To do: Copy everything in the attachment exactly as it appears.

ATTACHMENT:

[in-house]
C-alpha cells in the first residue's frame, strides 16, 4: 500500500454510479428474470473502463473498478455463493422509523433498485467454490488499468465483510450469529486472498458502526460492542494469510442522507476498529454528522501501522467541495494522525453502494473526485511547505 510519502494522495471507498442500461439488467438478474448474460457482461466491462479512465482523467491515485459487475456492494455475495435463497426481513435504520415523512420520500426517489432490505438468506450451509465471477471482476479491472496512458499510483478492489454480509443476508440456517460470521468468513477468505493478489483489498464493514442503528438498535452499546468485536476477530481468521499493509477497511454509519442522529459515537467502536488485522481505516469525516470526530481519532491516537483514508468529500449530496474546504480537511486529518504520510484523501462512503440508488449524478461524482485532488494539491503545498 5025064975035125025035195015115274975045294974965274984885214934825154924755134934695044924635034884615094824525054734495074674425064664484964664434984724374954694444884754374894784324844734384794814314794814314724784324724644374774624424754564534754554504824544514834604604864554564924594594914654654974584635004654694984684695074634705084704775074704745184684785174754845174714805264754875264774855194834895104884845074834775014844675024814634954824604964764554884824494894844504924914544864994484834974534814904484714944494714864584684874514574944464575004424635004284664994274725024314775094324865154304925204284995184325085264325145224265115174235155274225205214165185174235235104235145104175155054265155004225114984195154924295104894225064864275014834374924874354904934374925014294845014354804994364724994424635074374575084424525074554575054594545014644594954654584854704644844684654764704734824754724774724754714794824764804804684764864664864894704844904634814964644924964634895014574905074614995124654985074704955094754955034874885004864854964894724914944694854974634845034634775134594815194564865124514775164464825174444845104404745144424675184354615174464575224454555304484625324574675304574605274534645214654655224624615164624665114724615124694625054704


[in-house]
C-alpha cells in the first residue's frame, strides 16, 4: 500500500454510479428474470473502463473498478455463493422509523433498485467454490488499468465483510450469529486472498458502526460492542494469510442522507476498529454528522501501522467541495494522525453502494473526485511547505 510519502494522495471507498442500461439488467438478474448474460457482461466491462479512465482523467491515485459487475456492494455475495435463497426481513435504520415523512420520500426517489432490505438468506450451509465471477471482476479491472496512458499510483478492489454480509443476508440456517460470521468468513477468505493478489483489498464493514442503528438498535452499546468485536476477530481468521499493509477497511454509519442522529459515537467502536488485522481505516469525516470526530481519532491516537483514508468529500449530496474546504480537511486529518504520510484523501462512503440508488449524478461524482485532488494539491503545498 5025064975035125025035195015115274975045294974965274984885214934825154924755134934695044924635034884615094824525054734495074674425064664484964664434984724374954694444884754374894784324844734384794814314794814314724784324724644374774624424754564534754554504824544514834604604864554564924594594914654654974584635004654694984684695074634705084704775074704745184684785174754845174714805264754875264774855194834895104884845074834775014844675024814634954824604964764554884824494894844504924914544864994484834974534814904484714944494714864584684874514574944464575004424635004284664994274725024314775094324865154304925204284995184325085264325145224265115174235155274225205214165185174235235104235145104175155054265155004225114984195154924295104894225064864275014834374924874354904934374925014294845014354804994364724994424635074374575084424525074554575054594545014644594954654584854704644844684654764704734824754724774724754714794824764804804684764864664864894704844904634814964644924964634895014574905074614995124654985074704955094754955034874885004864854964894724914944694854974634845034634775134594815194564865124514775164464825174444845104404745144424675184354615174464575224454555304484625324574675304574605274534645214654655224624615164624665114724615124694625054704